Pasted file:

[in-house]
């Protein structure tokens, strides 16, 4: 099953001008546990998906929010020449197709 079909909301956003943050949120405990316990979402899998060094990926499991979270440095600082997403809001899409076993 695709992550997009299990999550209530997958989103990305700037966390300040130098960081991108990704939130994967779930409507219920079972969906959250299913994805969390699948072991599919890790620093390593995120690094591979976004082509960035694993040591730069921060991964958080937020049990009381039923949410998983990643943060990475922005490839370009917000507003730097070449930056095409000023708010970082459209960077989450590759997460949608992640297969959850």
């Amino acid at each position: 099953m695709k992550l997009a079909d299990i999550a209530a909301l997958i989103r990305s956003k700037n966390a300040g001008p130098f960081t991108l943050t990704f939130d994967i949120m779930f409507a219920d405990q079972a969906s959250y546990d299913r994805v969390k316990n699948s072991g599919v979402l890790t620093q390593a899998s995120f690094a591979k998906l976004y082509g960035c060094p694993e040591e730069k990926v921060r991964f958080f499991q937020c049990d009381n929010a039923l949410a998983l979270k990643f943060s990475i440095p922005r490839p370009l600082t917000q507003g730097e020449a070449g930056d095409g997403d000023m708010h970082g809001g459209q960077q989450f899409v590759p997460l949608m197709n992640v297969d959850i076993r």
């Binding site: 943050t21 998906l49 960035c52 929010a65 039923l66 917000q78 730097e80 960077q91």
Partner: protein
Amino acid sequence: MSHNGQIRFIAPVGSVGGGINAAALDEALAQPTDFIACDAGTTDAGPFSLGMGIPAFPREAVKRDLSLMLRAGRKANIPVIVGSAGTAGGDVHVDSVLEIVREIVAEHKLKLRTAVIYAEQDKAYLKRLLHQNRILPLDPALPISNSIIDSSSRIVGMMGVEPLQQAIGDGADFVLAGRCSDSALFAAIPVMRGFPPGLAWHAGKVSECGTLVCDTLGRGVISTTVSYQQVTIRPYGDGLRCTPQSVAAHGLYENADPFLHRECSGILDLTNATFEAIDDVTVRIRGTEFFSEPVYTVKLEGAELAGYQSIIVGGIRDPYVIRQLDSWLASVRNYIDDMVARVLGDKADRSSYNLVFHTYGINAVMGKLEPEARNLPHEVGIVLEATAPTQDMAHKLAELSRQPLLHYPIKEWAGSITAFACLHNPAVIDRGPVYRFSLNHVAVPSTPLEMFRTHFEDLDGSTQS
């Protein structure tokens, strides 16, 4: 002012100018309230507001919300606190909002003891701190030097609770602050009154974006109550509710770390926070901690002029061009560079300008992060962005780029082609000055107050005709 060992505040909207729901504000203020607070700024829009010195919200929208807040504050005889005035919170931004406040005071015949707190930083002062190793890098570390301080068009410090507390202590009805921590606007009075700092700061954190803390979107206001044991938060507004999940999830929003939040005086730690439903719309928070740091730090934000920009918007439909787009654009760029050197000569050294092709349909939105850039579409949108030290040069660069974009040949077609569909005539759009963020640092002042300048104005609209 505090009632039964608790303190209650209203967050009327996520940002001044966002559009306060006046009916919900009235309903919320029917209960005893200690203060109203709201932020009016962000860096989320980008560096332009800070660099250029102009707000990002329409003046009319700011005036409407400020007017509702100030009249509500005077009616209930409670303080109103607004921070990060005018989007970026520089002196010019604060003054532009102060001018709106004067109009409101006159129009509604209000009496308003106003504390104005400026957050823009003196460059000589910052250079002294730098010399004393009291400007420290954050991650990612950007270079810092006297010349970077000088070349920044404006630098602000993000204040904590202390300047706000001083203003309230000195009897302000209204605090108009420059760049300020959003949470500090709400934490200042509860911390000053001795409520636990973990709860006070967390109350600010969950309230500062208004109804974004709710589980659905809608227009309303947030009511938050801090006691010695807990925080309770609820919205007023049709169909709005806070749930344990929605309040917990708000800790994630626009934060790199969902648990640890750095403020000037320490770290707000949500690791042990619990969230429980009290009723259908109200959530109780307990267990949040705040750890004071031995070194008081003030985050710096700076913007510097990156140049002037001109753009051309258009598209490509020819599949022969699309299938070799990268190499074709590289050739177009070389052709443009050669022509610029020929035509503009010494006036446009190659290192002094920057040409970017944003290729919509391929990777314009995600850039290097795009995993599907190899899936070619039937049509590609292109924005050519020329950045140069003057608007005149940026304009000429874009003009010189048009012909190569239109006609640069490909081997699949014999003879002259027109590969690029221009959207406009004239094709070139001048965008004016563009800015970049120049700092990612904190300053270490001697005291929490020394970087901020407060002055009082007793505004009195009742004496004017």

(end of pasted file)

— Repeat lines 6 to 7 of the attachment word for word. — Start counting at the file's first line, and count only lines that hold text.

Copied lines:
Amino acid sequence: MSHNGQIRFIAPVGSVGGGINAAALDEALAQPTDFIACDAGTTDAGPFSLGMGIPAFPREAVKRDLSLMLRAGRKANIPVIVGSAGTAGGDVHVDSVLEIVREIVAEHKLKLRTAVIYAEQDKAYLKRLLHQNRILPLDPALPISNSIIDSSSRIVGMMGVEPLQQAIGDGADFVLAGRCSDSALFAAIPVMRGFPPGLAWHAGKVSECGTLVCDTLGRGVISTTVSYQQVTIRPYGDGLRCTPQSVAAHGLYENADPFLHRECSGILDLTNATFEAIDDVTVRIRGTEFFSEPVYTVKLEGAELAGYQSIIVGGIRDPYVIRQLDSWLASVRNYIDDMVARVLGDKADRSSYNLVFHTYGINAVMGKLEPEARNLPHEVGIVLEATAPTQDMAHKLAELSRQPLLHYPIKEWAGSITAFACLHNPAVIDRGPVYRFSLNHVAVPSTPLEMFRTHFEDLDGSTQS
């Protein structure tokens, strides 16, 4: 002012100018309230507001919300606190909002003891701190030097609770602050009154974006109550509710770390926070901690002029061009560079300008992060962005780029082609000055107050005709 060992505040909207729901504000203020607070700024829009010195919200929208807040504050005889005035919170931004406040005071015949707190930083002062190793890098570390301080068009410090507390202590009805921590606007009075700092700061954190803390979107206001044991938060507004999940999830929003939040005086730690439903719309928070740091730090934000920009918007439909787009654009760029050197000569050294092709349909939105850039579409949108030290040069660069974009040949077609569909005539759009963020640092002042300048104005609209 505090009632039964608790303190209650209203967050009327996520940002001044966002559009306060006046009916919900009235309903919320029917209960005893200690203060109203709201932020009016962000860096989320980008560096332009800070660099250029102009707000990002329409003046009319700011005036409407400020007017509702100030009249509500005077009616209930409670303080109103607004921070990060005018989007970026520089002196010019604060003054532009102060001018709106004067109009409101006159129009509604209000009496308003106003504390104005400026957050823009003196460059000589910052250079002294730098010399004393009291400007420290954050991650990612950007270079810092006297010349970077000088070349920044404006630098602000993000204040904590202390300047706000001083203003309230000195009897302000209204605090108009420059760049300020959003949470500090709400934490200042509860911390000053001795409520636990973990709860006070967390109350600010969950309230500062208004109804974004709710589980659905809608227009309303947030009511938050801090006691010695807990925080309770609820919205007023049709169909709005806070749930344990929605309040917990708000800790994630626009934060790199969902648990640890750095403020000037320490770290707000949500690791042990619990969230429980009290009723259908109200959530109780307990267990949040705040750890004071031995070194008081003030985050710096700076913007510097990156140049002037001109753009051309258009598209490509020819599949022969699309299938070799990268190499074709590289050739177009070389052709443009050669022509610029020929035509503009010494006036446009190659290192002094920057040409970017944003290729919509391929990777314009995600850039290097795009995993599907190899899936070619039937049509590609292109924005050519020329950045140069003057608007005149940026304009000429874009003009010189048009012909190569239109006609640069490909081997699949014999003879002259027109590969690029221009959207406009004239094709070139001048965008004016563009800015970049120049700092990612904190300053270490001697005291929490020394970087901020407060002055009082007793505004009195009742004496004017």